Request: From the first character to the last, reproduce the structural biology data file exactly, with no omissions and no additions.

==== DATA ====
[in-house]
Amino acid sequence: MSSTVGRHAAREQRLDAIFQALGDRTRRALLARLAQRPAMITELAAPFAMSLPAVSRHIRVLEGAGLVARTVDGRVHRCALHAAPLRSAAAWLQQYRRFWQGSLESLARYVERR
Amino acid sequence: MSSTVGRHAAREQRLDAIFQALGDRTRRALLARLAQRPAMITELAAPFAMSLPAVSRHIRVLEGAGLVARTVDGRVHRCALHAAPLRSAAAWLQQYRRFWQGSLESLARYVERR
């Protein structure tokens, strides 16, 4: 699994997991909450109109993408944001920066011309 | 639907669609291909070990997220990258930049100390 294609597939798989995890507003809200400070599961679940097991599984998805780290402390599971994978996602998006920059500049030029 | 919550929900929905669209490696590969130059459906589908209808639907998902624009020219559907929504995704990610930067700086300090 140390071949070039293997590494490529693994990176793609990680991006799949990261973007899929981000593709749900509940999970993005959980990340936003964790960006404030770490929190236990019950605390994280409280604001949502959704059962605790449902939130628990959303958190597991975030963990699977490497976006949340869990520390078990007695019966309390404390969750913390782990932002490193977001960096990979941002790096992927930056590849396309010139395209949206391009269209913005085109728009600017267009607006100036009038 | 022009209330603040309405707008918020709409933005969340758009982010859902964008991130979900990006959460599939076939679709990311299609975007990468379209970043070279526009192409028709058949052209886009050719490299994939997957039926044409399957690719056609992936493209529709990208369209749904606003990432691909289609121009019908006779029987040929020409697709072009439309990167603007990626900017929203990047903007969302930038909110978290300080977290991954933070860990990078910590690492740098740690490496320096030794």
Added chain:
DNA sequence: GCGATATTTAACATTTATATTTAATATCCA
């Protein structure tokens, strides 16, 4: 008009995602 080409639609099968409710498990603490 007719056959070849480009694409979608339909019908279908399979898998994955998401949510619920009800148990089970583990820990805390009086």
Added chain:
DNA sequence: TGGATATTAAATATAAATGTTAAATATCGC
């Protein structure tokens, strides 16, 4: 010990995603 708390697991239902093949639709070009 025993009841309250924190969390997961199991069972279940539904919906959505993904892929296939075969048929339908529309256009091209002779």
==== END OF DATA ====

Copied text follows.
[in-house]
Amino acid sequence: MSSTVGRHAAREQRLDAIFQALGDRTRRALLARLAQRPAMITELAAPFAMSLPAVSRHIRVLEGAGLVARTVDGRVHRCALHAAPLRSAAAWLQQYRRFWQGSLESLARYVERR
Amino acid sequence: MSSTVGRHAAREQRLDAIFQALGDRTRRALLARLAQRPAMITELAAPFAMSLPAVSRHIRVLEGAGLVARTVDGRVHRCALHAAPLRSAAAWLQQYRRFWQGSLESLARYVERR
């Protein structure tokens, strides 16, 4: 699994997991909450109109993408944001920066011309 | 639907669609291909070990997220990258930049100390 294609597939798989995890507003809200400070599961679940097991599984998805780290402390599971994978996602998006920059500049030029 | 919550929900929905669209490696590969130059459906589908209808639907998902624009020219559907929504995704990610930067700086300090 140390071949070039293997590494490529693994990176793609990680991006799949990261973007899929981000593709749900509940999970993005959980990340936003964790960006404030770490929190236990019950605390994280409280604001949502959704059962605790449902939130628990959303958190597991975030963990699977490497976006949340869990520390078990007695019966309390404390969750913390782990932002490193977001960096990979941002790096992927930056590849396309010139395209949206391009269209913005085109728009600017267009607006100036009038 | 022009209330603040309405707008918020709409933005969340758009982010859902964008991130979900990006959460599939076939679709990311299609975007990468379209970043070279526009192409028709058949052209886009050719490299994939997957039926044409399957690719056609992936493209529709990208369209749904606003990432691909289609121009019908006779029987040929020409697709072009439309990167603007990626900017929203990047903007969302930038909110978290300080977290991954933070860990990078910590690492740098740690490496320096030794």
Added chain:
DNA sequence: GCGATATTTAACATTTATATTTAATATCCA
């Protein structure tokens, strides 16, 4: 008009995602 080409639609099968409710498990603490 007719056959070849480009694409979608339909019908279908399979898998994955998401949510619920009800148990089970583990820990805390009086």
Added chain:
DNA sequence: TGGATATTAAATATAAATGTTAAATATCGC
């Protein structure tokens, strides 16, 4: 010990995603 708390697991239902093949639709070009 025993009841309250924190969390997961199991069972279940539904919906959505993904892929296939075969048929339908529309256009091209002779």